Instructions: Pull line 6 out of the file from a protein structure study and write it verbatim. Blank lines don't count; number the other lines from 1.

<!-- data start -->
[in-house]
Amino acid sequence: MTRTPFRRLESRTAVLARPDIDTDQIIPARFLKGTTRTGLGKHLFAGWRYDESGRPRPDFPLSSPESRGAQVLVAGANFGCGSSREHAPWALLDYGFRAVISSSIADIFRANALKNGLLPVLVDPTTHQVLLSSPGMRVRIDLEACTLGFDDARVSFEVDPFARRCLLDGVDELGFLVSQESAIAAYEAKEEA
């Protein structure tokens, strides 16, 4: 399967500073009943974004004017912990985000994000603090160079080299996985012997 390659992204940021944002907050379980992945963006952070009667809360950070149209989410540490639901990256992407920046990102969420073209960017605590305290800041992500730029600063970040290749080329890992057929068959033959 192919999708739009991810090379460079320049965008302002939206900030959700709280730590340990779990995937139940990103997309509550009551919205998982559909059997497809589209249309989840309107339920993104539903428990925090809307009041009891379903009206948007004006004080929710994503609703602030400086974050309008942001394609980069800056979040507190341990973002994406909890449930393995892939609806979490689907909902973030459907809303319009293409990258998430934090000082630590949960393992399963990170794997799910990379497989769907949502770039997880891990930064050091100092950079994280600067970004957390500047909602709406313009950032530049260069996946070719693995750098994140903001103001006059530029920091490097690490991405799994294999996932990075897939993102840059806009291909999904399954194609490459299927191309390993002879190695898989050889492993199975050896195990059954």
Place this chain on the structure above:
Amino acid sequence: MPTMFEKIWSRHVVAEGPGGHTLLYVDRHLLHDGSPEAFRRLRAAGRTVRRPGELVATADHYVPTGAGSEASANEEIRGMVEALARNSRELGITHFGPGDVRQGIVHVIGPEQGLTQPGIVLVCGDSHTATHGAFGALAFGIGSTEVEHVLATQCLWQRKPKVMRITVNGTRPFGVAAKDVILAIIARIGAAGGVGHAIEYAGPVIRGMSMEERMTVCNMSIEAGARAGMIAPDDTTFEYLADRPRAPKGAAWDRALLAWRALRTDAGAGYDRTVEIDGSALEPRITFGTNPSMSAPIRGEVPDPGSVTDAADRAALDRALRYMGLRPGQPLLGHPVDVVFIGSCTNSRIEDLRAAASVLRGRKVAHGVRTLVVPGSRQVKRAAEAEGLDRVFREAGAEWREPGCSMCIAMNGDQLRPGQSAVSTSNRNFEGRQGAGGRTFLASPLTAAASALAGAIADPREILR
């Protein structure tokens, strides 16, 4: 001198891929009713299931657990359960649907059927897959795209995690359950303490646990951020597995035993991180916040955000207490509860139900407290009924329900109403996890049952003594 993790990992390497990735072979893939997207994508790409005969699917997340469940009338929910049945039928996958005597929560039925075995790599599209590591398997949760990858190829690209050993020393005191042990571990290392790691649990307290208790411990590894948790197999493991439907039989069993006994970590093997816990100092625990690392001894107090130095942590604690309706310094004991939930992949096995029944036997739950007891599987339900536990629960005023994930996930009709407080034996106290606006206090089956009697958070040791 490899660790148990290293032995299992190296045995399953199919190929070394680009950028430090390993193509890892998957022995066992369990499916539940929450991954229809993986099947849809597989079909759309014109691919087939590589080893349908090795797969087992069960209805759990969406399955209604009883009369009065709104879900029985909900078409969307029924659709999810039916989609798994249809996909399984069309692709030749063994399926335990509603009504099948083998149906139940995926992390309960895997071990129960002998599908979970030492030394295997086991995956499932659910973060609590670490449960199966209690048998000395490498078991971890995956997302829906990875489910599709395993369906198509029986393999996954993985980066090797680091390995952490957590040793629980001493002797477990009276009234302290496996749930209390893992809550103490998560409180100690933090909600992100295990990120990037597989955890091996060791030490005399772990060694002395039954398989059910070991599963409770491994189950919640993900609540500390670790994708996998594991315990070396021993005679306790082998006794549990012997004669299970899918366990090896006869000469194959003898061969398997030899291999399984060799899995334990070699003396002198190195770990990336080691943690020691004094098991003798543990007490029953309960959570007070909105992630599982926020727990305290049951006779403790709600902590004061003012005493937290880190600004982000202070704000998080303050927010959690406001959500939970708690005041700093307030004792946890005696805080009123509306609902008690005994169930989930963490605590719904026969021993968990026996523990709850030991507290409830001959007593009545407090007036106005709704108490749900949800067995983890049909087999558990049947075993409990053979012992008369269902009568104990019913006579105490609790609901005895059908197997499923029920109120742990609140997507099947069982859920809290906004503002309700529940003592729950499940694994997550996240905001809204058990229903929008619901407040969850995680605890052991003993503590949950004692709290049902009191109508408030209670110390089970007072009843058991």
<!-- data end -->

């Protein structure tokens, strides 16, 4: 001198891929009713299931657990359960649907059927897959795209995690359950303490646990951020597995035993991180916040955000207490509860139900407290009924329900109403996890049952003594 993790990992390497990735072979893939997207994508790409005969699917997340469940009338929910049945039928996958005597929560039925075995790599599209590591398997949760990858190829690209050993020393005191042990571990290392790691649990307290208790411990590894948790197999493991439907039989069993006994970590093997816990100092625990690392001894107090130095942590604690309706310094004991939930992949096995029944036997739950007891599987339900536990629960005023994930996930009709407080034996106290606006206090089956009697958070040791 490899660790148990290293032995299992190296045995399953199919190929070394680009950028430090390993193509890892998957022995066992369990499916539940929450991954229809993986099947849809597989079909759309014109691919087939590589080893349908090795797969087992069960209805759990969406399955209604009883009369009065709104879900029985909900078409969307029924659709999810039916989609798994249809996909399984069309692709030749063994399926335990509603009504099948083998149906139940995926992390309960895997071990129960002998599908979970030492030394295997086991995956499932659910973060609590670490449960199966209690048998000395490498078991971890995956997302829906990875489910599709395993369906198509029986393999996954993985980066090797680091390995952490957590040793629980001493002797477990009276009234302290496996749930209390893992809550103490998560409180100690933090909600992100295990990120990037597989955890091996060791030490005399772990060694002395039954398989059910070991599963409770491994189950919640993900609540500390670790994708996998594991315990070396021993005679306790082998006794549990012997004669299970899918366990090896006869000469194959003898061969398997030899291999399984060799899995334990070699003396002198190195770990990336080691943690020691004094098991003798543990007490029953309960959570007070909105992630599982926020727990305290049951006779403790709600902590004061003012005493937290880190600004982000202070704000998080303050927010959690406001959500939970708690005041700093307030004792946890005696805080009123509306609902008690005994169930989930963490605590719904026969021993968990026996523990709850030991507290409830001959007593009545407090007036106005709704108490749900949800067995983890049909087999558990049947075993409990053979012992008369269902009568104990019913006579105490609790609901005895059908197997499923029920109120742990609140997507099947069982859920809290906004503002309700529940003592729950499940694994997550996240905001809204058990229903929008619901407040969850995680605890052991003993503590949950004692709290049902009191109508408030209670110390089970007072009843058991």